Google+ Followers

Follow by Email

Friday, September 04, 2009

Meatout Mondays - Every Week - Go Meatless on Monday

Meatout Mondays

Welcome to Meatout Mondays

Feeling sluggish?
Catching frequent colds?
Considering shedding a few pounds?
Want to help protect the environment and reduce global warming?
Troubled by animal suffering in factory farms and slaughterhouses?

Sounds like you're ready for Meatout Mondays!

Meatout Mondays
is a colorful weekly e-mail newsletter that delivers a delicious veg recipe, product suggestion, health news, and an inspiring story. Sign-up today and your first recipe will be sent this Friday (so you have time to get ready for Monday).

Want more? When you sign-up, you can also request your FREE Veg Starter Kit, a 32-page full-color magazine with details about the benefits of "kicking the meat habit" and helpful information on how to make the switch.
This is your opportunity to make a difference at every meal... a choice to improve your health, protect the environment, reduce global hunger, and save animals. Can't wait? Check out our past issues and 7-days worth of recipes to start.
Thank you for caring. Together, we are making better choices for a better world.
Get a free veg starter kit click here

Meatout Mondays is proudly sponsored by:


Thursday, September 03, 2009

No beef with Julia’s kitchen: Her home’s new owner lacks the bone appetite

No beef with Julia’s kitchen

Her home’s new owner lacks the bone appetite

Lisa Landsverk and her daughters Rachael (left) and Teymura are among the new inhabitants of Julia Child's former house.
Lisa Landsverk and her daughters Rachael (left) and Teymura are among the new inhabitants of Julia Child's former house.(Essdras M Suarez/ Globe Staff)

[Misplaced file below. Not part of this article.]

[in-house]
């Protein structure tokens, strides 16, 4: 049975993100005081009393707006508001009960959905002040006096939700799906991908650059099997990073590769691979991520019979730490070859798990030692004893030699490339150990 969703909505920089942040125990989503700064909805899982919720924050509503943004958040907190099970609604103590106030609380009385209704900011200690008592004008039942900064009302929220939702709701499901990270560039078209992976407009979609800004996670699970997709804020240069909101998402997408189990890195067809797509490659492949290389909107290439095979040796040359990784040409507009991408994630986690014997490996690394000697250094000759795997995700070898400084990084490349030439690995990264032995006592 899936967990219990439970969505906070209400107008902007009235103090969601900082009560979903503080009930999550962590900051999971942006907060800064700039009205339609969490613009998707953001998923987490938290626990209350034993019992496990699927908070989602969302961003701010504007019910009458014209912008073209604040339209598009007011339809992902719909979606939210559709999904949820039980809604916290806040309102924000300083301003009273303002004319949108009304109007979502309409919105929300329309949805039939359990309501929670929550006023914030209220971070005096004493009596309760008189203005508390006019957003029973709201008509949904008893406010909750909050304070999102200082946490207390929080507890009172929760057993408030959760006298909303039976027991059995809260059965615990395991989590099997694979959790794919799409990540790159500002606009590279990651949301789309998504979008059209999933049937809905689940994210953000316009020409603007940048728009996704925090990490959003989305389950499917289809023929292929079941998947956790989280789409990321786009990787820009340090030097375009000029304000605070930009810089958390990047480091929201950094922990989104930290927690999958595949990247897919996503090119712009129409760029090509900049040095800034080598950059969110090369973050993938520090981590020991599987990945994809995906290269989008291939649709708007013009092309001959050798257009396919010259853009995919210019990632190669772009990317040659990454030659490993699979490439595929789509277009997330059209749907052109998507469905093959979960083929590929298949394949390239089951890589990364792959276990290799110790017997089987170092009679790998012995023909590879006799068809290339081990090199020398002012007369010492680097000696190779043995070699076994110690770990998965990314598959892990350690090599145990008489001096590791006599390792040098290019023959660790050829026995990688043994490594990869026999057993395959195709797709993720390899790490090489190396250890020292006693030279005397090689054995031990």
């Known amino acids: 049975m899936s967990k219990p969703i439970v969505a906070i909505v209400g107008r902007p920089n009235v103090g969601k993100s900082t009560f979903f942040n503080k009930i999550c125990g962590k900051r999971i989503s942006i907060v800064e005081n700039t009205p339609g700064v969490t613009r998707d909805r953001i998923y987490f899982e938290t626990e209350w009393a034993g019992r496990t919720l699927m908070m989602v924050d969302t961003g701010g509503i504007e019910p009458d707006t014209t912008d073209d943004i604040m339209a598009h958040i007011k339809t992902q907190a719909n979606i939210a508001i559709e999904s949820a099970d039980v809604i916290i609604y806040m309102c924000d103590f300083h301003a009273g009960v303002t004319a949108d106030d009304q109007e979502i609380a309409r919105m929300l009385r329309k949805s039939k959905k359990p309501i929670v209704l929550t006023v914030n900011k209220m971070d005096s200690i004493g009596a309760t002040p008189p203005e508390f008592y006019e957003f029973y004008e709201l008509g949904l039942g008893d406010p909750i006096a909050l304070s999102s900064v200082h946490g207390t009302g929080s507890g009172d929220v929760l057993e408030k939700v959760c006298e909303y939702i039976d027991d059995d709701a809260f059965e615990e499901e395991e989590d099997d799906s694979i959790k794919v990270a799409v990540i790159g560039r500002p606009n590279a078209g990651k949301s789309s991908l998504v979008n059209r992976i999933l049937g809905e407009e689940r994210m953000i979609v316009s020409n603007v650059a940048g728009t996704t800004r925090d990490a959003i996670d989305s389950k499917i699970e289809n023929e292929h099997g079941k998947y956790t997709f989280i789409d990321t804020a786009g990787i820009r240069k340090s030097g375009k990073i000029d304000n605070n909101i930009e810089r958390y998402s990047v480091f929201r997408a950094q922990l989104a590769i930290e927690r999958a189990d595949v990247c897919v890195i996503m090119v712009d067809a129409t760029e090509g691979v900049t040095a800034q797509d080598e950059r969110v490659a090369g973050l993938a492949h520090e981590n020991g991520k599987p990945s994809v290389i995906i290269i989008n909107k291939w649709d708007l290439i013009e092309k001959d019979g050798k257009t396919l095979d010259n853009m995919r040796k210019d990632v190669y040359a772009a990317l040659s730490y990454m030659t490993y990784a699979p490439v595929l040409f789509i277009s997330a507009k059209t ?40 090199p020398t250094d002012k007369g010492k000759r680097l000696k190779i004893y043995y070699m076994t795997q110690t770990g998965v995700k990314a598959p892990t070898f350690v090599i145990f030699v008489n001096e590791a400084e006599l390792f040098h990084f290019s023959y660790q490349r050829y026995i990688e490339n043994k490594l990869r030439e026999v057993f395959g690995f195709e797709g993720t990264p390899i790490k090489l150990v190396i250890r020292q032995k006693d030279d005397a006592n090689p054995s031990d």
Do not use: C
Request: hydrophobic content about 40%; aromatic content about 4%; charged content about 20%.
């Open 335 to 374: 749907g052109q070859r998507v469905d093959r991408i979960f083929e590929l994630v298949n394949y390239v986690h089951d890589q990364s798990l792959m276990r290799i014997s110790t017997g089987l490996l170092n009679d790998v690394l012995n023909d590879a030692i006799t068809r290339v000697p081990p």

By Billy Baker Globe Correspondent / August 31, 2009

CAMBRIDGE, Massachusetts, USA -
They are known for their love of cats.  At least they had that much in common.
But Lisa Landsverk, the new owner of the grand Victorian home on Irving Street in Cambridge where Julia Child, the doyenne of la cuisine bourgeoise, lived, cooked, and warbled for 43 years, has brought a bit of her own personality to the place.

Take the painting of the cow.

“Nobody says when I grow up I want to be a hamburger,’’ the painting’s caption reads.
Yes, the matriarch of Child’s former kitchen is an animal-rights activist and a vegetarian. “It’s a bit ironic,’’ Landsverk said, in an understatement.

What’s more, Landsverk is not what you would call a foodie. She likes to make simple things for dinner: pasta, burritos, reservations. But in the month since Landsverk and her husband, Harvard Law School professor Michael Klarman, moved into Child’s former home near the Harvard campus, they have found themselves the accidental caretakers of what has become a bit of a destination for food tourists.

Due to a recent movie about her life, “Julie & Julia,’’ everything Julia Child is hot. The film, based on a 2005 book by blogger Julie Powell about her attempt to cook all 524 recipes in Child’s landmark “Mastering the Art of French Cooking’’ in a single year, has catapulted Child, who died in 2004, back into the spotlight.

Child’s 48-year-old book has shot to the top of the bestseller list.

With the Julia mania has come an odd sort of attention for Landsverk, a former lawyer, and her family.

There are the lurkers outside their windows, snapping pictures of the house; the person who left a stick of butter (Child’s favorite ingredient) on their fence post; and the reporter who knocked on their door to ask what it’s like to cook on the site of hallowed culinary ground.

“The truth is that we haven’t done much cooking since we moved into the place,’’ Landsverk said.

After a bit of hesitation, she agreed to allow the reporter in to change that.

The plan was simple: Make a couple of Child’s recipes and see how it feels. Landsverk added one caveat: Everything had to be vegan because she did not want to offend her animal-rights friends. So, no butter.

Landsverk chose ratatouille for an entrée - she liked Child’s assertion that the eggplant casserole “perfumes the kitchen with the essence of Provence’’ - and, for dessert, pêches cardinal, a compote of fresh peaches with raspberry purée.

Helping her were daughters Rachael Klarman, 20, a junior at the University of Virginia, and 8-year-old Teymura.